I'd suggest trips outside to potty at least 4-5 times a day, and make sure he actually pees each time. With a boy, you may even need to make sure he pees 3-4 times before going back inside if he's a marker.


Jennifer &

Willow (Wilma Waggle), Wiki (Wiki Hard Ten), Carter (Let's Get It On),

Ollie (whippet), Gracie (whippet x), & Terra (whippet) + Just Saying + Just Alice

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They are walked 2 to 3 times a day and taken outside before bed to potty. The reason for the garage/potty pads is I wanted them to have an a alternate place to go if they need it but if you all think that is a bad idea I guess I shouldnt have that. I cant crate them, I feel it is cruel. I do baby gate off parts of the house and have old towels and blankets draped where he might lift his leg. I am using an enzymatic spray cleaner for urine.

 

It actually is a safe alternative, not cruel at all. My female LOVES to be crated but since she is completely trustworthy I don't have any crates up...but I've had her for 5 years. I tried crating my current foster and he has SA, so it was not an option for him...however, he doesn't pee on furniture when I'm gone.

 

Crating makes it so you don't have to worry about them eating anything...I didn't think my boy Pop would shortly after we got him, so we left him out of the crate and came home to him having eaten an entire bottle of fish treats. Just make sure you take their collar off before putting them in a crate.

 

Besides, you won't be cleaning up a mess from your couch...and leashing him to you until he learns is another good idea.


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Marble, Noah, Eden, Raya (red heeler), Cooper & Trooper (naughty kittens)

Missing my bridge angels: Pop, Zelda, Mousey & Carmel

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Crating is not cruel. Getting frustrated with a dog who has NO CLUE what you want of him (which far too often leads to the dog being returned--I'm not saying you suggested that, but trust me. Stick around for a while...) is far worse.

 

You do understand Greyhounds are not housebroken, right?? They're either in their crates, or in a turn out yard. They don't soil in their crate (normally) because a dog's instinct is to not do that. They're let out on regular intervals. They go then. Given free run of a house, with no idea that you are against urinating in it, is sort of like expecting a baby to understand how to use a toilet.

 

You need to treat him as if he's a puppy. You need to supervise him at all times inside until he learns how to ask to go out. Twice a day is NOT enough. If he were old, ill, or otherwise, I'd think the garage was a pretty good idea (assuming you cannot have a dog door to the yard?) AFTER he understands that the entire house is his new "den."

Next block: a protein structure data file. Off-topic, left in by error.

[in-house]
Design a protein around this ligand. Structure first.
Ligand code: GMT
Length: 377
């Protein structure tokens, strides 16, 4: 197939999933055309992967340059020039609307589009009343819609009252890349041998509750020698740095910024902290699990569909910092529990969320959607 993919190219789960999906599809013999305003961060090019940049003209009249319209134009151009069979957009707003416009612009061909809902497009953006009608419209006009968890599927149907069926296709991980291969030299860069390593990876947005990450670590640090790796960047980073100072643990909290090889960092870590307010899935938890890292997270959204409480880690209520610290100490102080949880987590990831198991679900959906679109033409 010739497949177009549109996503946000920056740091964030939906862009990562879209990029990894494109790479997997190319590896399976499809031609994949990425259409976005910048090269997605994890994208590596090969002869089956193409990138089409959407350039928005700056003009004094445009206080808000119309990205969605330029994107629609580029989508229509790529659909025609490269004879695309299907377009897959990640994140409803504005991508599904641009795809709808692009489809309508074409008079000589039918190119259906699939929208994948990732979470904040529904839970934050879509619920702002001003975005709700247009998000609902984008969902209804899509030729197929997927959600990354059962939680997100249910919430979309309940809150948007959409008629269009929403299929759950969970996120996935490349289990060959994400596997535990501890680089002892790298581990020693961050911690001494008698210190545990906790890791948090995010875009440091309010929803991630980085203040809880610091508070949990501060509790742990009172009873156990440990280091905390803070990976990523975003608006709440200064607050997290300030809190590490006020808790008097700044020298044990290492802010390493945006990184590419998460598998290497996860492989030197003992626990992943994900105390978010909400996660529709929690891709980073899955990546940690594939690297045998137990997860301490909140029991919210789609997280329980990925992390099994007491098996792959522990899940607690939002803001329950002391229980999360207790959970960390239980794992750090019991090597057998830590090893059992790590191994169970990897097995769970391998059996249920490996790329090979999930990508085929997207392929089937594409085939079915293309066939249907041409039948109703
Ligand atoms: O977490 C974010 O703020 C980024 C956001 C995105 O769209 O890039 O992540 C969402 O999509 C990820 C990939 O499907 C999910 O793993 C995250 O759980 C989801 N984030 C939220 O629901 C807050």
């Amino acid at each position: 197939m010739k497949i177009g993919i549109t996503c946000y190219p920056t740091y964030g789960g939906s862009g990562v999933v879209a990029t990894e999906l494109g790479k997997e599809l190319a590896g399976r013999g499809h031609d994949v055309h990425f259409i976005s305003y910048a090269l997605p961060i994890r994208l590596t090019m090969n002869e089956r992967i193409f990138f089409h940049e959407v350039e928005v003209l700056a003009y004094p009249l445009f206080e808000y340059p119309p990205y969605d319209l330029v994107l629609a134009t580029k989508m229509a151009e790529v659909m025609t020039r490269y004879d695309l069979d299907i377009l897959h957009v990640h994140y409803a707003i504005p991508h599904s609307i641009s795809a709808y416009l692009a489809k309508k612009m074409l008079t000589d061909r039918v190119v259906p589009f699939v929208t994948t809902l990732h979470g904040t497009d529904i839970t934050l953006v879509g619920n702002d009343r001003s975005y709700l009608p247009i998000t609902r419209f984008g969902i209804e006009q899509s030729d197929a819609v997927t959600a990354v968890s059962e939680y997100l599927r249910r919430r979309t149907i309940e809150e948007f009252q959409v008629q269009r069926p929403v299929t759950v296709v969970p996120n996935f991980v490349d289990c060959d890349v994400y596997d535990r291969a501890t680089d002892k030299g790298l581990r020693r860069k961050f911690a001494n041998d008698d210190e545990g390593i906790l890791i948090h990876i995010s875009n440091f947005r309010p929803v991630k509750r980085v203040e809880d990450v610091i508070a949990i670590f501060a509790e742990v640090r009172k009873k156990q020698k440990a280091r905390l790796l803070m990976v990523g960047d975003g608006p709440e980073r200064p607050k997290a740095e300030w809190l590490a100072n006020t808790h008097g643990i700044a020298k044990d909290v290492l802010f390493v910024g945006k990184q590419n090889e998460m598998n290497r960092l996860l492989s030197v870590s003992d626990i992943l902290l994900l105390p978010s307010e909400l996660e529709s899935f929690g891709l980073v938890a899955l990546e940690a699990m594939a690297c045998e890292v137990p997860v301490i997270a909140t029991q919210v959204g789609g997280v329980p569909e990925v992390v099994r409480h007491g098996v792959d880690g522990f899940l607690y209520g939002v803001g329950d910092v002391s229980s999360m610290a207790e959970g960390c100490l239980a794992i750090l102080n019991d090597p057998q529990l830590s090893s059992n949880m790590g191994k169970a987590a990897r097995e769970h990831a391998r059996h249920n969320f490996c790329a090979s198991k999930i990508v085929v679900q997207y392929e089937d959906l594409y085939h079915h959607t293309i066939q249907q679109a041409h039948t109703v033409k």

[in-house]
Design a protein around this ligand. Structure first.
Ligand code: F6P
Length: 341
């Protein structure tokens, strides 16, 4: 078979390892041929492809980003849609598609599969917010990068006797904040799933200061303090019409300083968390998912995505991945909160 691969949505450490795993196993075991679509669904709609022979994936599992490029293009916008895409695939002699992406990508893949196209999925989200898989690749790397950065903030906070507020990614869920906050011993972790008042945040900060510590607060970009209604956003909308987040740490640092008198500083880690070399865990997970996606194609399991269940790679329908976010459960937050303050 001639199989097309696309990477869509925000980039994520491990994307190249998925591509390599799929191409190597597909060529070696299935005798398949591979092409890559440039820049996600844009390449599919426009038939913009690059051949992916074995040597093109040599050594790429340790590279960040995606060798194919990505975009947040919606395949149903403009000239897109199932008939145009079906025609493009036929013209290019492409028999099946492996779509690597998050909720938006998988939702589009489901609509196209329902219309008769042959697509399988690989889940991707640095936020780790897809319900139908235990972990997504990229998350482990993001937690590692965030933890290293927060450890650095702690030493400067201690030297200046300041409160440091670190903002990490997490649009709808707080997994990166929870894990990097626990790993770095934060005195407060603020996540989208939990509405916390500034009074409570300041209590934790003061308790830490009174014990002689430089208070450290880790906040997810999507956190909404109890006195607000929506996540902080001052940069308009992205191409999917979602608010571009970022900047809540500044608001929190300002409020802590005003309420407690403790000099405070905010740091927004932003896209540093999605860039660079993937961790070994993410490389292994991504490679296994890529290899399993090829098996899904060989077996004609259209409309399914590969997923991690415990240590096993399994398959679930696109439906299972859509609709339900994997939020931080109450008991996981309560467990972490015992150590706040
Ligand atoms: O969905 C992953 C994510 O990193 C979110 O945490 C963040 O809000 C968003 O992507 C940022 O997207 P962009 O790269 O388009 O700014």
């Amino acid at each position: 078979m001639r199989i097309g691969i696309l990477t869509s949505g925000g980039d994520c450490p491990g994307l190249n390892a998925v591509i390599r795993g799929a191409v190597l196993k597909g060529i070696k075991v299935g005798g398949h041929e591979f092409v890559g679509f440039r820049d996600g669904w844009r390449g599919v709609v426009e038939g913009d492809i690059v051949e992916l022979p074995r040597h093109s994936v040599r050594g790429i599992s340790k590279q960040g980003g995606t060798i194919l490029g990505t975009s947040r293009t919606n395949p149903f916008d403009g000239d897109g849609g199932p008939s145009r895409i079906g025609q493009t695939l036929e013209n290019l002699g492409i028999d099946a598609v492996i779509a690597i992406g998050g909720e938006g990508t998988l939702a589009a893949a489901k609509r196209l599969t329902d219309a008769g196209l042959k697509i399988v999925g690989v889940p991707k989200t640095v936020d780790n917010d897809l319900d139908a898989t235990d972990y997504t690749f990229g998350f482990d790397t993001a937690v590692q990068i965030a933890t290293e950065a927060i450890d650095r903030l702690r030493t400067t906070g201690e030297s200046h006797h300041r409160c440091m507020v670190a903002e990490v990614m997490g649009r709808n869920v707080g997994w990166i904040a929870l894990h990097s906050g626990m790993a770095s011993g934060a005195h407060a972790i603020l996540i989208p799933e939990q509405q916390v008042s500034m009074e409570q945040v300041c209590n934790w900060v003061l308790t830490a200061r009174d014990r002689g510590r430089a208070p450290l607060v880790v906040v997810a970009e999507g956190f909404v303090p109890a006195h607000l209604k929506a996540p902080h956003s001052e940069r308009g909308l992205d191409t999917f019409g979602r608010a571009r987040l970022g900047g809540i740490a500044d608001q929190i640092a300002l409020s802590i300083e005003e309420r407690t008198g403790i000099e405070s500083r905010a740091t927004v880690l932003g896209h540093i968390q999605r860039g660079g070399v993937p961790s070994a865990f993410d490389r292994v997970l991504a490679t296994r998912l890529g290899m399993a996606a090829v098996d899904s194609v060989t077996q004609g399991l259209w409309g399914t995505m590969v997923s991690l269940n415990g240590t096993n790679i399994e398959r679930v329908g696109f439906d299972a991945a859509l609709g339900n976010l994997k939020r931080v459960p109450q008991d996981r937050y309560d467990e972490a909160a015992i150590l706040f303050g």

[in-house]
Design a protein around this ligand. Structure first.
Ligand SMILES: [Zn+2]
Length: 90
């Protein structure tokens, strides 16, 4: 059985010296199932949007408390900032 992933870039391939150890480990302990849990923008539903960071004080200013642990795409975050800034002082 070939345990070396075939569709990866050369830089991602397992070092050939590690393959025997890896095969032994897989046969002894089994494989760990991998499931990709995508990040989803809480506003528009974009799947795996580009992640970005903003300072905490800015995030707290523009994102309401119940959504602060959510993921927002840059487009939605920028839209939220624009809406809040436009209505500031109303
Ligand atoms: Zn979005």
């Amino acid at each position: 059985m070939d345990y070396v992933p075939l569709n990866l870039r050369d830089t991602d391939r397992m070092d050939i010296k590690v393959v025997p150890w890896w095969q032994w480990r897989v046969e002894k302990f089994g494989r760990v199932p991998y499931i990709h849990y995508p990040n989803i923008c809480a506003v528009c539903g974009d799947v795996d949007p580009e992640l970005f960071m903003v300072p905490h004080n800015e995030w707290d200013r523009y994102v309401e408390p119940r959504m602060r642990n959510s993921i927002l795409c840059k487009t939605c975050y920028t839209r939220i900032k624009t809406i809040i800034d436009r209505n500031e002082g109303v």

I'd suggest you be in touch TODAY with your adoption group. Also read some books on retired racers. And could someone post that wonderful piece about why everything in this dog's life is confusing right now?



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Susan,  Hamish,  Mister Bigglesworth and Nikita Stanislav. Missing Ming, George, and Buck

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You didn't say if he was neutered or not. He's marking. I use a belly band when my fosters are not near me or I crate if I can't correct their marking behavior.


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Kari and the pups.
Run free sweet Hana 9/21/08-9/12/10. Missing Sparks with every breath.
Passion 10/16/02-5/25/17

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First, I wouldn't teach him to go in the garage, even on potty pads. He needs to understand that outside is the place to pee, and I'd imagine giving him an indoor option is really confusing him. Second, it sounds like you're giving him too much access way too soon. Until he's fully housetrained (meaning no accidents at all in a month or more), he needs to be in your sight at all times. That may mean you need to attach him to you with a long leash at first. If you watch him carefully you can also just block him into whatever room you're in with x-pens and/or baby gates. Take him out often at first (every few hours) and give lots of praise for peeing outside. When you're not home, either crate him or use the baby gate to block him into a small (hopefully easily cleanable) space. Also, make sure you're cleaning up the pee with an enzyme cleaner like Nature's Miracle. Otherwise, he'll still be able to smell it and he'll keep going back to the same spots.

 

 

This. A hard surface is a hard surface, pee pad or not. If he is a retired racer, he should have a pretty good idea of what "outside" feels like whether it be grass or sand. If you aren't allowing him access to an outside area, he is confused and peeing wherever he needs to. I'm sure he is holding it as long as he possibly can poor thing.

Ditto. He probably jsut needs access to the outside.

Crating is not cruel. The overwhelming majority don't mind; a lot of them like it(it is "home" to them; and some love the sense of security it gives them.

Edited by racindog

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We just adopted 2 greyhounds a boy and girl; Jack and Gia and Jack keeps peeing on my furniture and luckily I have Ikea washable slip covers and hard wood floors but this is so annoying I have a doggie door to the garage lined with potty pads which he will use but will still go on my furniture. I dont know what to do either. They say you have to catch them in the act and startle them and immediatly take them where you want them to go but I never catch him in the act. I need a solution.